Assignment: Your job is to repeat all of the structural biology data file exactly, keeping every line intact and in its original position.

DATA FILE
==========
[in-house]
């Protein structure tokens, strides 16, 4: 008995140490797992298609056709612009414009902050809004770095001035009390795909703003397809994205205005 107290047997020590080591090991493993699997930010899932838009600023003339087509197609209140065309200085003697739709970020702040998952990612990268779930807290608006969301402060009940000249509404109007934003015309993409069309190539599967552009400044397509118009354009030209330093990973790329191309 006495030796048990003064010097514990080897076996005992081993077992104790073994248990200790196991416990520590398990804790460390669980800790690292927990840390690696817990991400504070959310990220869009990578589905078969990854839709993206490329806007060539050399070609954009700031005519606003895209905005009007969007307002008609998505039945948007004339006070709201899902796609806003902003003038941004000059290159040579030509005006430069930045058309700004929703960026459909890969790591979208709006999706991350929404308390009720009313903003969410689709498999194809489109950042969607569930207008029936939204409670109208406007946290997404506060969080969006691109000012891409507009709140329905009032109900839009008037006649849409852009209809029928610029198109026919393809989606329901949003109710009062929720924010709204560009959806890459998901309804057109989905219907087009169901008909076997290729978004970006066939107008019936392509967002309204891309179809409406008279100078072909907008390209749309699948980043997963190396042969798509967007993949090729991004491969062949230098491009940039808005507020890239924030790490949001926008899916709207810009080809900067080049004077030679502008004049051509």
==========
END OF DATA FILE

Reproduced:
[in-house]
């Protein structure tokens, strides 16, 4: 008995140490797992298609056709612009414009902050809004770095001035009390795909703003397809994205205005 107290047997020590080591090991493993699997930010899932838009600023003339087509197609209140065309200085003697739709970020702040998952990612990268779930807290608006969301402060009940000249509404109007934003015309993409069309190539599967552009400044397509118009354009030209330093990973790329191309 006495030796048990003064010097514990080897076996005992081993077992104790073994248990200790196991416990520590398990804790460390669980800790690292927990840390690696817990991400504070959310990220869009990578589905078969990854839709993206490329806007060539050399070609954009700031005519606003895209905005009007969007307002008609998505039945948007004339006070709201899902796609806003902003003038941004000059290159040579030509005006430069930045058309700004929703960026459909890969790591979208709006999706991350929404308390009720009313903003969410689709498999194809489109950042969607569930207008029936939204409670109208406007946290997404506060969080969006691109000012891409507009709140329905009032109900839009008037006649849409852009209809029928610029198109026919393809989606329901949003109710009062929720924010709204560009959806890459998901309804057109989905219907087009169901008909076997290729978004970006066939107008019936392509967002309204891309179809409406008279100078072909907008390209749309699948980043997963190396042969798509967007993949090729991004491969062949230098491009940039808005507020890239924030790490949001926008899916709207810009080809900067080049004077030679502008004049051509």